An editorial / By Dale McFeatters
Scripps Howard News Service
July 04, 2007
Gen. George Washington issued a double ration of rum to his soldiers. And the traditions of fireworks, food, parades and concerts are as old as Independence Day itself.
John Adams was positively visionary about the nation's birthday. He wrote to his wife Abigail on the night of July 3, 1776, that the event should be marked annually by "pomp and parade, with shews (shows), games, sports, guns, bells, bonfires and illuminations from one end of this continent to the other from this time forward for ever more."
By Bob Englehart, The Hartford Courant
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Adams, whose committee it was, thought that Independence Day would be celebrated on July 2, when the Continental Congress unanimously approved a resolution he sent to the floor declaring "that these united colonies are, and of right ought to be free and independent states."
But the Congress, setting an example that is honored by our lawmakers to this day, dallied in finishing up some related matters, and so July 4 got the honors.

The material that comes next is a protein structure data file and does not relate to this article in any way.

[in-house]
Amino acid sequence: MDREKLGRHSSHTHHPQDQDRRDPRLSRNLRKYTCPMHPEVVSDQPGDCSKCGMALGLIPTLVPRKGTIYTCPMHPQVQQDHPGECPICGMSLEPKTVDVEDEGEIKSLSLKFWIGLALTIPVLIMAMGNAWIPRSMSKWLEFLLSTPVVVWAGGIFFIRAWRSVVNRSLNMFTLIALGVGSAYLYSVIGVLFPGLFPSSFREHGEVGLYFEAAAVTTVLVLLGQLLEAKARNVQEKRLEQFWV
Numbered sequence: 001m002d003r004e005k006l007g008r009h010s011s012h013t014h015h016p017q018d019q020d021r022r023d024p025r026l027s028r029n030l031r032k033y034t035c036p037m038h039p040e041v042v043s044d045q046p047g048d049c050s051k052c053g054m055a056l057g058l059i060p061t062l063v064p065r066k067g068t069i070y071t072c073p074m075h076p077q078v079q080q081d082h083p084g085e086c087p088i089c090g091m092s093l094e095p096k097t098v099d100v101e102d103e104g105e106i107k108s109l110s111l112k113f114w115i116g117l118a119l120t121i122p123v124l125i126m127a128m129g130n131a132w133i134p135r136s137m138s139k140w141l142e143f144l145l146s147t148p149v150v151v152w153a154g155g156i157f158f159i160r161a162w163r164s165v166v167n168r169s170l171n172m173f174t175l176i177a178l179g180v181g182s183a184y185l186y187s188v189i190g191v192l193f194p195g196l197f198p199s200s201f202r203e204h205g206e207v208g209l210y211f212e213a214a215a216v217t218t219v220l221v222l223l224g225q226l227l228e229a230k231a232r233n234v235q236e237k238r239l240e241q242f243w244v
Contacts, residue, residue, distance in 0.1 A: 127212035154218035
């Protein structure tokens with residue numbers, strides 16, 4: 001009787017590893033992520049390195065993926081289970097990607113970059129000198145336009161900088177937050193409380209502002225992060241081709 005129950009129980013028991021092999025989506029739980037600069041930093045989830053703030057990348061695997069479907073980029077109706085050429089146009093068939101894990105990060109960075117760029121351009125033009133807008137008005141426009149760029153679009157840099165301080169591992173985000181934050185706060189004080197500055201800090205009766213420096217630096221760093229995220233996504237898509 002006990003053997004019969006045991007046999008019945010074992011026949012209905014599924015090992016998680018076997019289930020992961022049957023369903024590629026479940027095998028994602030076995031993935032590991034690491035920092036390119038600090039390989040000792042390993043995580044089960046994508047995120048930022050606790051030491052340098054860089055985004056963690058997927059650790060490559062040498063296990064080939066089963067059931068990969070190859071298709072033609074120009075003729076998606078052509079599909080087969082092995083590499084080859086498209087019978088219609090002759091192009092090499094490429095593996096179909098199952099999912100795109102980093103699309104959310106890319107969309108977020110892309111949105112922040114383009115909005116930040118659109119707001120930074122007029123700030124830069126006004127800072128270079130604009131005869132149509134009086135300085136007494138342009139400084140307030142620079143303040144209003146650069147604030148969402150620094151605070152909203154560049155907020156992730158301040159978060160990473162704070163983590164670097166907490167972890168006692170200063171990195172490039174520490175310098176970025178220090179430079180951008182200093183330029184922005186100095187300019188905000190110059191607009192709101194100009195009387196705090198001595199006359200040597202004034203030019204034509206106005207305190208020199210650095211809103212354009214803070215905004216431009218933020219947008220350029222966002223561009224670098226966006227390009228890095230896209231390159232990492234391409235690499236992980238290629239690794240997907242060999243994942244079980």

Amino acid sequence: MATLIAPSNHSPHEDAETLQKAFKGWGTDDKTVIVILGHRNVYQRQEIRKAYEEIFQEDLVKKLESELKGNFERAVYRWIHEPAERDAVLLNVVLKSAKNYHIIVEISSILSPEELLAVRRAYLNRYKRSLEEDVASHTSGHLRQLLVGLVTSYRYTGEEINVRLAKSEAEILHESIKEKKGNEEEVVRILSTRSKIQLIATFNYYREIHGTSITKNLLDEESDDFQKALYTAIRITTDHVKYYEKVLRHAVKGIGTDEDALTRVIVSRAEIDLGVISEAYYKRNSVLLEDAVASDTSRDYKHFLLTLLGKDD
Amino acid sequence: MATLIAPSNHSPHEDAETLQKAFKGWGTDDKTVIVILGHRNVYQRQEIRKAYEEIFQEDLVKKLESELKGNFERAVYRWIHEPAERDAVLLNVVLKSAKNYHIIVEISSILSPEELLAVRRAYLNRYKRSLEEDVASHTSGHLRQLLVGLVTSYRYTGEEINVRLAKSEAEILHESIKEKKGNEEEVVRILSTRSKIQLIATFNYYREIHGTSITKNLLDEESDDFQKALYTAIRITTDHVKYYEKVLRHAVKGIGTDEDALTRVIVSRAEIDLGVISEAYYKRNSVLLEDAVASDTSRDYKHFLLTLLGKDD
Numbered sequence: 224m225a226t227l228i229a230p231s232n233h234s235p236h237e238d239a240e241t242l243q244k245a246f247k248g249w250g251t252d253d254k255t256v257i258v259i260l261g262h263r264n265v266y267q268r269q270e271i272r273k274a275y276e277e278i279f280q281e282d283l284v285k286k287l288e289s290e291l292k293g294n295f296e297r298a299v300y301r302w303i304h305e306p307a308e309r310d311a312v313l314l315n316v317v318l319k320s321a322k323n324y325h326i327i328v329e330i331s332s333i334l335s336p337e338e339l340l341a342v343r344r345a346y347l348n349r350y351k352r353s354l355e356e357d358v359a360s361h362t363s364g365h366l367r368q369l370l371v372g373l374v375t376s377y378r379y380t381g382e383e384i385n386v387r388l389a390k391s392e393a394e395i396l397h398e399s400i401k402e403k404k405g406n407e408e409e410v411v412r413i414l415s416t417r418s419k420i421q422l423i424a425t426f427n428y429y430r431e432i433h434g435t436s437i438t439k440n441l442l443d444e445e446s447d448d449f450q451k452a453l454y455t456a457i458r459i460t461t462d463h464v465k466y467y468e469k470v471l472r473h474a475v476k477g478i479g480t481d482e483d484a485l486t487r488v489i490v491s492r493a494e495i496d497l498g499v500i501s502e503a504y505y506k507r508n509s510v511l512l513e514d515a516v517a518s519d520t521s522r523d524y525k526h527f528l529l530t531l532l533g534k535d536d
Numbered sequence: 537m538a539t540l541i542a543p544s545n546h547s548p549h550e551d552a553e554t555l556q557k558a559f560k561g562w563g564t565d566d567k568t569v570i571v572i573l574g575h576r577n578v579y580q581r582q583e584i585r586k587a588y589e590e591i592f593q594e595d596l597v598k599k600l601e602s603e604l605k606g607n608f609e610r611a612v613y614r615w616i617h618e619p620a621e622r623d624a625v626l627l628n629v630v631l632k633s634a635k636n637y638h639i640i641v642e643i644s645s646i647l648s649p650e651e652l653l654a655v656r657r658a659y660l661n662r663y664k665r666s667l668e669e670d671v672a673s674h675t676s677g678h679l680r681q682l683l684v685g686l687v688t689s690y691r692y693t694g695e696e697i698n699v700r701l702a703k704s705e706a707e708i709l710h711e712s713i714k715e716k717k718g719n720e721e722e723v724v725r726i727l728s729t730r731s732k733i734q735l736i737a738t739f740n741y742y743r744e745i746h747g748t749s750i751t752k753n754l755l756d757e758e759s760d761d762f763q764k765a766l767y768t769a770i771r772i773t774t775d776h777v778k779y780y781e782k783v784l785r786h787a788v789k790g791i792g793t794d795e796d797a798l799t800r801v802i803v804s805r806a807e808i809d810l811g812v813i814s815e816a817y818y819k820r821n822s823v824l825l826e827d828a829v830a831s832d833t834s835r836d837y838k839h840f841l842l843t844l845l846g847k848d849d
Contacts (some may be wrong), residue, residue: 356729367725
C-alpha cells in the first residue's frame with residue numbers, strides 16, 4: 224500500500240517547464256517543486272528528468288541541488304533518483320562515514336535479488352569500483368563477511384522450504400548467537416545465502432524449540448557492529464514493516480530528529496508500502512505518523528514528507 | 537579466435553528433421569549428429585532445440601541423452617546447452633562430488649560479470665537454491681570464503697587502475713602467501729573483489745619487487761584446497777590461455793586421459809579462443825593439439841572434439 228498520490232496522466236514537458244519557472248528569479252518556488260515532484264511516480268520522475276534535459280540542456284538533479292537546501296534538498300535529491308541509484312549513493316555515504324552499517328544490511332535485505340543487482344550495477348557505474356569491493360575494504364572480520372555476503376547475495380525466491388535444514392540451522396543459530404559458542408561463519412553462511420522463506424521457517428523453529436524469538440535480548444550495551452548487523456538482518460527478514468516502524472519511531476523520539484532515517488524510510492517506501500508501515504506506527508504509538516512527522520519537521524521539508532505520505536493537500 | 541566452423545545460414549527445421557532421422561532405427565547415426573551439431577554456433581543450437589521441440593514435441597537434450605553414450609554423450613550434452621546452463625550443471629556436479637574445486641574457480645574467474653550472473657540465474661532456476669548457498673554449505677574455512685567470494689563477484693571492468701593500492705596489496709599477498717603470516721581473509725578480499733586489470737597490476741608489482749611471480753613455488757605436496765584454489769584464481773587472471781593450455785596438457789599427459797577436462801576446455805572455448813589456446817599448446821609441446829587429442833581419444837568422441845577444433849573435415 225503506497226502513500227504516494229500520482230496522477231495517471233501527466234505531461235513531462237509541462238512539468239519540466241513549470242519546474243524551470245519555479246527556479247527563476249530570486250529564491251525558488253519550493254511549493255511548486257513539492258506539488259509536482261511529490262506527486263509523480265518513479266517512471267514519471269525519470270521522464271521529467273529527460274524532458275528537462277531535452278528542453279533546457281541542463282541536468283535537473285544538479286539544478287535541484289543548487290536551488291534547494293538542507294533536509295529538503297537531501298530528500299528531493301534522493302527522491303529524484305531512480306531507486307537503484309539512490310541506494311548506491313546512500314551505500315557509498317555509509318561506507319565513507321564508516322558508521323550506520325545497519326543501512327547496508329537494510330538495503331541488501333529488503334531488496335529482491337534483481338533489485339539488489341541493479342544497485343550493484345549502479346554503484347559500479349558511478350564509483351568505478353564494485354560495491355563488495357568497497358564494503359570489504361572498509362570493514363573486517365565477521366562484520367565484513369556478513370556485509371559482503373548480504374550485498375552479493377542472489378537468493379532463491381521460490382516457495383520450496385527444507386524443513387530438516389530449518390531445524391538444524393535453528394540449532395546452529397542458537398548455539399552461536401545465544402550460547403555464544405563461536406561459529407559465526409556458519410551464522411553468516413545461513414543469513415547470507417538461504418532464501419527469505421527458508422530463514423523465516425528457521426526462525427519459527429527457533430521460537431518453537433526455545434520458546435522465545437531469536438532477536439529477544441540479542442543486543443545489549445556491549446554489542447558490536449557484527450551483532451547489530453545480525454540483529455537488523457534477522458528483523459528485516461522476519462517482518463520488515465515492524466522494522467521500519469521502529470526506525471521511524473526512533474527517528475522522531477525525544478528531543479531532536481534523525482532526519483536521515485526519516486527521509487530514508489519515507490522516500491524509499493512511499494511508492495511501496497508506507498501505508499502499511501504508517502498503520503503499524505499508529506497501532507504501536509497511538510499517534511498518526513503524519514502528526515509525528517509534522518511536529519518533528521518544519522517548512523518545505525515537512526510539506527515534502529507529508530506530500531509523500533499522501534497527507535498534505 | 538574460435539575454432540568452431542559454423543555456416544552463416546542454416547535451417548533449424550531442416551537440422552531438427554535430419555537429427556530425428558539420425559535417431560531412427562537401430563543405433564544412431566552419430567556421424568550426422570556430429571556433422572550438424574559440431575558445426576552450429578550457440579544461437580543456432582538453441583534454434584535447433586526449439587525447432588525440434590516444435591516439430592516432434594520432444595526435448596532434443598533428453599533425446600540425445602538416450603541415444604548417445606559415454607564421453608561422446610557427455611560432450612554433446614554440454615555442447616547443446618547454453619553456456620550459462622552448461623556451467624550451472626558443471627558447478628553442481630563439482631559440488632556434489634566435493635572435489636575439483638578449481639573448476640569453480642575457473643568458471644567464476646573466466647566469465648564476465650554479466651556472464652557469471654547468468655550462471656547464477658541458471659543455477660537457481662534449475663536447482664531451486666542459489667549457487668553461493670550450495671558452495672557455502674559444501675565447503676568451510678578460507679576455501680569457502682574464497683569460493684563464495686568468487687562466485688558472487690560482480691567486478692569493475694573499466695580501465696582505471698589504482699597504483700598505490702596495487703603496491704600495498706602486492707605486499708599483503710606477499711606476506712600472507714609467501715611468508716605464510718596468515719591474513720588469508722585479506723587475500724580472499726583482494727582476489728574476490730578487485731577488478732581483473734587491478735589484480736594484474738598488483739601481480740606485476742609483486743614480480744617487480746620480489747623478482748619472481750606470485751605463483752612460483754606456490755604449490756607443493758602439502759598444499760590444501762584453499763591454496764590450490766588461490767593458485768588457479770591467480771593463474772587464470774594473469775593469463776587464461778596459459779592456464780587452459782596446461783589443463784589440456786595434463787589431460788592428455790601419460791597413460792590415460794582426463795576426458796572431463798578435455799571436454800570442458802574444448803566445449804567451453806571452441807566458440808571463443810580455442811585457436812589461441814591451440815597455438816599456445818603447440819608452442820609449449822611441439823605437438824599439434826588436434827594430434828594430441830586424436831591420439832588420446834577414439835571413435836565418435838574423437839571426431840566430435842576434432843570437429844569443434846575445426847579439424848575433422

Of immediate importance to the signers of the declaration was seceding from Britain, thus provoking a war with the military superpower of the day -- and the bulk of the declaration is, in fact, a long list of grievances against the British. A day that called for bells, bonfires and fireworks could have just as easily ended on the gallows.
Of far more lasting import was a single sentence in the declaration that succinctly summed up the American ideal: "We hold these truths to be self-evident, that all men are created equal, that they are endowed, by their creator, with certain unalienable Rights, that among these are Life, Liberty, and the pursuit of Happiness." Imagine: Happiness as a civic goal.
In 1778, the Continental Congress gathered in Philadelphia to observe July 4, and part of that celebration was 13 toasts, the first of them to "The United States of America." Hear, hear.
Happy Fourth of July.
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